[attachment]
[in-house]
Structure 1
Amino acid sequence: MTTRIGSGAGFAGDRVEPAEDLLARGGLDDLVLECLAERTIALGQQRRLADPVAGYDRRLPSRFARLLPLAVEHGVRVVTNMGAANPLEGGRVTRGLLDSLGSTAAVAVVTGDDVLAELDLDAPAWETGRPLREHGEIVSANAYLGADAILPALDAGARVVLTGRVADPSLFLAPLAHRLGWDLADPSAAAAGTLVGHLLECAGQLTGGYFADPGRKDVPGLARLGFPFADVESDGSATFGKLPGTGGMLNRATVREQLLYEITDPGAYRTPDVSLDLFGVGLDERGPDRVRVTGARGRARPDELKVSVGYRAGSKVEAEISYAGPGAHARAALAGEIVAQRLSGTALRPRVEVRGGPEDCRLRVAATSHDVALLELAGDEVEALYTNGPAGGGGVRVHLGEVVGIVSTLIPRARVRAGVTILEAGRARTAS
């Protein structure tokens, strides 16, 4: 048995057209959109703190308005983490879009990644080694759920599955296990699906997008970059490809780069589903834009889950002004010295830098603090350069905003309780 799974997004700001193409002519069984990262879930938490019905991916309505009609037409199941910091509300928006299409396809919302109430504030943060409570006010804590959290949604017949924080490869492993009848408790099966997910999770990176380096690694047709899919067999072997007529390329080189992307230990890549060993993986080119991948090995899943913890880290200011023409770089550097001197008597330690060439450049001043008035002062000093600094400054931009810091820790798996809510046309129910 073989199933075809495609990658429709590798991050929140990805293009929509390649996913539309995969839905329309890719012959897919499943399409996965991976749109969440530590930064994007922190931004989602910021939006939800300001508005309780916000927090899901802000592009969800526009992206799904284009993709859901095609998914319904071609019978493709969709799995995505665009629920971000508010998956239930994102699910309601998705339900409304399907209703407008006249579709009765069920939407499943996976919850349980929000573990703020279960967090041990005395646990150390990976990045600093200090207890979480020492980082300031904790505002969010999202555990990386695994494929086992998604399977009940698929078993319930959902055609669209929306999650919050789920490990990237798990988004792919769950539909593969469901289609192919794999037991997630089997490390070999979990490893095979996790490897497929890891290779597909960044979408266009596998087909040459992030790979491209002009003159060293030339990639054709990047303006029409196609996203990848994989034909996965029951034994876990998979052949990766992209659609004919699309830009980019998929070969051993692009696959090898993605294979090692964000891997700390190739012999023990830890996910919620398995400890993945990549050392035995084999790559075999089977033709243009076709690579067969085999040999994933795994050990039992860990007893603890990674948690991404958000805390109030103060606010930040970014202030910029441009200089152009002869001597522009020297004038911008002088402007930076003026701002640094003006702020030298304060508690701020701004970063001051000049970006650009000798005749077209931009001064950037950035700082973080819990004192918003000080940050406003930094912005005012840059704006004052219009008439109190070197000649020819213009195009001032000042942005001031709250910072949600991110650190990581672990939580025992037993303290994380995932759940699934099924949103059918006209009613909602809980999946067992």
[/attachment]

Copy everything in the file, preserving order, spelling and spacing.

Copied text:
[in-house]
Structure 1
Amino acid sequence: MTTRIGSGAGFAGDRVEPAEDLLARGGLDDLVLECLAERTIALGQQRRLADPVAGYDRRLPSRFARLLPLAVEHGVRVVTNMGAANPLEGGRVTRGLLDSLGSTAAVAVVTGDDVLAELDLDAPAWETGRPLREHGEIVSANAYLGADAILPALDAGARVVLTGRVADPSLFLAPLAHRLGWDLADPSAAAAGTLVGHLLECAGQLTGGYFADPGRKDVPGLARLGFPFADVESDGSATFGKLPGTGGMLNRATVREQLLYEITDPGAYRTPDVSLDLFGVGLDERGPDRVRVTGARGRARPDELKVSVGYRAGSKVEAEISYAGPGAHARAALAGEIVAQRLSGTALRPRVEVRGGPEDCRLRVAATSHDVALLELAGDEVEALYTNGPAGGGGVRVHLGEVVGIVSTLIPRARVRAGVTILEAGRARTAS
């Protein structure tokens, strides 16, 4: 048995057209959109703190308005983490879009990644080694759920599955296990699906997008970059490809780069589903834009889950002004010295830098603090350069905003309780 799974997004700001193409002519069984990262879930938490019905991916309505009609037409199941910091509300928006299409396809919302109430504030943060409570006010804590959290949604017949924080490869492993009848408790099966997910999770990176380096690694047709899919067999072997007529390329080189992307230990890549060993993986080119991948090995899943913890880290200011023409770089550097001197008597330690060439450049001043008035002062000093600094400054931009810091820790798996809510046309129910 073989199933075809495609990658429709590798991050929140990805293009929509390649996913539309995969839905329309890719012959897919499943399409996965991976749109969440530590930064994007922190931004989602910021939006939800300001508005309780916000927090899901802000592009969800526009992206799904284009993709859901095609998914319904071609019978493709969709799995995505665009629920971000508010998956239930994102699910309601998705339900409304399907209703407008006249579709009765069920939407499943996976919850349980929000573990703020279960967090041990005395646990150390990976990045600093200090207890979480020492980082300031904790505002969010999202555990990386695994494929086992998604399977009940698929078993319930959902055609669209929306999650919050789920490990990237798990988004792919769950539909593969469901289609192919794999037991997630089997490390070999979990490893095979996790490897497929890891290779597909960044979408266009596998087909040459992030790979491209002009003159060293030339990639054709990047303006029409196609996203990848994989034909996965029951034994876990998979052949990766992209659609004919699309830009980019998929070969051993692009696959090898993605294979090692964000891997700390190739012999023990830890996910919620398995400890993945990549050392035995084999790559075999089977033709243009076709690579067969085999040999994933795994050990039992860990007893603890990674948690991404958000805390109030103060606010930040970014202030910029441009200089152009002869001597522009020297004038911008002088402007930076003026701002640094003006702020030298304060508690701020701004970063001051000049970006650009000798005749077209931009001064950037950035700082973080819990004192918003000080940050406003930094912005005012840059704006004052219009008439109190070197000649020819213009195009001032000042942005001031709250910072949600991110650190990581672990939580025992037993303290994380995932759940699934099924949103059918006209009613909602809980999946067992």